I’m not doing the work I do because I want to get rich; in fact I explained in the past exactly why I don’t want to get rich. When you become rich, you become a slave of your lifestyle; you have to keep working harder and harder to maintain your expensive lifestyle. Much like the famous Uruguayan president Jose Mujica once remarked, I want to travel through life with a light suitcase. I want to live a balanced life, and not take more than I need to guarantee my basic needs as a human being in order to live a comfortable life. People who know me better will be able to attest to the fact that I live a frugal life; the only things I really spend a lot of money on are on things related to my work (such as knowledge and equipment), so that I can deliver the best work possible to my clients.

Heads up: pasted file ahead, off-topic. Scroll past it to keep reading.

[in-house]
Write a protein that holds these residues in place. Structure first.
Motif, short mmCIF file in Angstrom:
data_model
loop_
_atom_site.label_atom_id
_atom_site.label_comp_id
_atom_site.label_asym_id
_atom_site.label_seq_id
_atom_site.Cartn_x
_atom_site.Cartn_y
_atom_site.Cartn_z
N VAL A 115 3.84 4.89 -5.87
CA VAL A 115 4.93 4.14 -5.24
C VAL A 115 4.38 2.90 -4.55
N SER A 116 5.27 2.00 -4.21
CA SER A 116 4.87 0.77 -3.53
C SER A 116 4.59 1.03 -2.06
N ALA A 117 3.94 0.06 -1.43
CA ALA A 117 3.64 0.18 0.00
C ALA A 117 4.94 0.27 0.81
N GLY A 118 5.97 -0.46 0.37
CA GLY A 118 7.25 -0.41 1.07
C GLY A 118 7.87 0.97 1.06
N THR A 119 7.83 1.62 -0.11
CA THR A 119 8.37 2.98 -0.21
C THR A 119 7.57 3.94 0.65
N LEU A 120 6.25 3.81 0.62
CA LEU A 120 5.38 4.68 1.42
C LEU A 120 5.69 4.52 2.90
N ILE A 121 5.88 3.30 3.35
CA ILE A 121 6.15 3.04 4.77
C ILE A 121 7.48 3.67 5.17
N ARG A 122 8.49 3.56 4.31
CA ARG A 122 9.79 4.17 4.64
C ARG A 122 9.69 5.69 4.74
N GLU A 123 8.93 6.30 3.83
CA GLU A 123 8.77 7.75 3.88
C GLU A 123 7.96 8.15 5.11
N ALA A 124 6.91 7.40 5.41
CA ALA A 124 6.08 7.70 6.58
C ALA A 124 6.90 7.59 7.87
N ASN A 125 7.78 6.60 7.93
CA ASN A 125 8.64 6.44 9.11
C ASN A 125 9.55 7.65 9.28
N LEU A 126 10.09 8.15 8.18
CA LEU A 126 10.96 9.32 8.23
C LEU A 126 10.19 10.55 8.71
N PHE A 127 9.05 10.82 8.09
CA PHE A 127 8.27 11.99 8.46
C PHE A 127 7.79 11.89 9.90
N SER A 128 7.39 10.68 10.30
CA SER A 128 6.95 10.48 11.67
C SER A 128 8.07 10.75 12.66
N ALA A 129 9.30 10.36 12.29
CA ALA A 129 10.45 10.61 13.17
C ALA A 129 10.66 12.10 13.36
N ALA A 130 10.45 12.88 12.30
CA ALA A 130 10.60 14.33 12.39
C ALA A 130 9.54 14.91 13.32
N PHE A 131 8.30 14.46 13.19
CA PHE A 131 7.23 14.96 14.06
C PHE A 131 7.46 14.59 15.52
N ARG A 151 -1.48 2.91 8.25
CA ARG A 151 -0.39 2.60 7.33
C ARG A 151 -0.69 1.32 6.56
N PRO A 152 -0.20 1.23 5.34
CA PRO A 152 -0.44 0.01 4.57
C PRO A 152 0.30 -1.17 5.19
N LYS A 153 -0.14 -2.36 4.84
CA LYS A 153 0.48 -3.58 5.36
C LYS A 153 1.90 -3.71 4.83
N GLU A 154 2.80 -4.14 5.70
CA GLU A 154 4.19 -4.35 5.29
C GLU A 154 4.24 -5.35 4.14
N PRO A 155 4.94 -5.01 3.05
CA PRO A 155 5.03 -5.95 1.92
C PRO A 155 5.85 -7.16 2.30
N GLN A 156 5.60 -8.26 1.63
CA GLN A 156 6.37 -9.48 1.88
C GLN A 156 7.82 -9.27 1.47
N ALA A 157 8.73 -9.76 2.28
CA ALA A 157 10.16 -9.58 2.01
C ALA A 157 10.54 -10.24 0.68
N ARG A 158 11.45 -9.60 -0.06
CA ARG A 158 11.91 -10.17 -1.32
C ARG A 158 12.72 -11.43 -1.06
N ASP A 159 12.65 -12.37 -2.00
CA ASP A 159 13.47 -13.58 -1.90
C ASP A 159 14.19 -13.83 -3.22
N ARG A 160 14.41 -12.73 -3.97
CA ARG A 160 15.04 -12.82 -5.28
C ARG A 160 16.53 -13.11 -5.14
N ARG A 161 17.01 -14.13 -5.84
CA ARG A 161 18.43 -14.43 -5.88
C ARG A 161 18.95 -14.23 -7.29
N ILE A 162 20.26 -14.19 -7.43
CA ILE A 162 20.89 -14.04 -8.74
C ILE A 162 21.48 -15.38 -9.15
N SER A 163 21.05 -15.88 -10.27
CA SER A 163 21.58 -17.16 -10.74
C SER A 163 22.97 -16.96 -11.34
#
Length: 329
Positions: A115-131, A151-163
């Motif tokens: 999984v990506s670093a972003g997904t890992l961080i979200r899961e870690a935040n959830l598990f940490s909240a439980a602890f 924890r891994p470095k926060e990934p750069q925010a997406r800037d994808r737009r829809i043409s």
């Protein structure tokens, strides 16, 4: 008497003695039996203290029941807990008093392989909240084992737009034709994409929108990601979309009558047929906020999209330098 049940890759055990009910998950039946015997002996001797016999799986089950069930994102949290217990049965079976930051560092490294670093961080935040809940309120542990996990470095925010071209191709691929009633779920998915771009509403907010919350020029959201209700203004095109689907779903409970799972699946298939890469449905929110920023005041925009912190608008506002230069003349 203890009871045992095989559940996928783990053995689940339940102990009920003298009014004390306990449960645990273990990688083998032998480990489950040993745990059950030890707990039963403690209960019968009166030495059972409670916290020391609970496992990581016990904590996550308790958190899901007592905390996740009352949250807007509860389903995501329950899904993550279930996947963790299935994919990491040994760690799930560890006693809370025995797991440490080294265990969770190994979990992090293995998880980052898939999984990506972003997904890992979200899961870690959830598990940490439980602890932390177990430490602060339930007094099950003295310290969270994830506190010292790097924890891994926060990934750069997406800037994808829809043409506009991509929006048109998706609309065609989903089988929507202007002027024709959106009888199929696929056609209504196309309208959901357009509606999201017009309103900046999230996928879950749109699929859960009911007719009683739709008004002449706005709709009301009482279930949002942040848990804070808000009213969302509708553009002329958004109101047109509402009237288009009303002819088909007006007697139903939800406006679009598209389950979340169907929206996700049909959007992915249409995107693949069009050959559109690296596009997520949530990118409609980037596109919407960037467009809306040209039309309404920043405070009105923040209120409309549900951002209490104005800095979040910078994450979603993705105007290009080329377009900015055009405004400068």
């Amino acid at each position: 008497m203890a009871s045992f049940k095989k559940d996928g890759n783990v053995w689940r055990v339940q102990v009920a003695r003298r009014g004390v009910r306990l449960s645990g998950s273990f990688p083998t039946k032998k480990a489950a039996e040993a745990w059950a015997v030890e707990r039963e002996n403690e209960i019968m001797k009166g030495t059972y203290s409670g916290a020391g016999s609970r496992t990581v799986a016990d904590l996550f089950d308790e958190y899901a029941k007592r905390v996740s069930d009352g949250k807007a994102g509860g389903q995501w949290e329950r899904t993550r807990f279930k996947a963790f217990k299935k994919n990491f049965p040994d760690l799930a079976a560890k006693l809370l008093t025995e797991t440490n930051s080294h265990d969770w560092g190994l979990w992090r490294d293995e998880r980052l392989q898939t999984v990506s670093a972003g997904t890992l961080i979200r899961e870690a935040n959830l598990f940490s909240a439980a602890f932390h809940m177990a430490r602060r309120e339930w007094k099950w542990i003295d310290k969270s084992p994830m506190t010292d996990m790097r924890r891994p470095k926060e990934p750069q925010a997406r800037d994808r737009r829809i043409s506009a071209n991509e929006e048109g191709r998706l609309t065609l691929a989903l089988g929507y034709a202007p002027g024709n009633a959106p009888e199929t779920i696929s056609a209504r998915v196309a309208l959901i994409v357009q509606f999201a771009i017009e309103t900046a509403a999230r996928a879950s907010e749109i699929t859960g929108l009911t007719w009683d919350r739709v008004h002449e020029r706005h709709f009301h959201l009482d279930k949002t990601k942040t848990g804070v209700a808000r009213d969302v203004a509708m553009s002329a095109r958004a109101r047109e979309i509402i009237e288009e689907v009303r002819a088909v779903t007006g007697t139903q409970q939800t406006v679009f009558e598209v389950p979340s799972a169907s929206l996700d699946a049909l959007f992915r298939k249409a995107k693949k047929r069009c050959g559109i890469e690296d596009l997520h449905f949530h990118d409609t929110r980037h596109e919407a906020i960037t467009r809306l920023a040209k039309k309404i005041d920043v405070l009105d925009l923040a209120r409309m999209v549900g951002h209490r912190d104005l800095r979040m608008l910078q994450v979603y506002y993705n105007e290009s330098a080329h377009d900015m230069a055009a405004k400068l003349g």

The truth is that I’m doing the work I do because I truly love it. If we lived in a different kind of society where all our basic needs were guaranteed for free (such as the Venus Project, as described by the brilliant futurist and social engineer Jacque Fresco in his book “The Best That Money Can’t Buy”), I wouldn’t mind doing the things that I do for free. In fact, when I was much younger (age 16 – 23) I used to work for free much of the time. My parents would often get angry at me and give me lectures telling me that I shouldn’t share my knowledge for free and that I should start charging for my work. I knew they meant well, but I mostly ignored them. At that time I didn’t care about money that much. What I cared about was being able to do what I loved doing while learning as much as I could in the process, and making people happy with my work. For example, the first few computer programs that I wrote didn’t make me a lot of money, but I learned a lot and I loved seeing how happy people were when they saw how much it made their work easier. That’s what gave me the ultimate satisfaction back then, and still does today. I used to fix people’s computers free of charge as well; I loved troubleshooting and I enjoyed seeing people’s faces light up when I got their computers working again. Similarly, I used to do all kinds of graphic designs and web designs for people free of charge. I seldom expected anything in return, but sometimes people still paid me whatever they felt like giving me.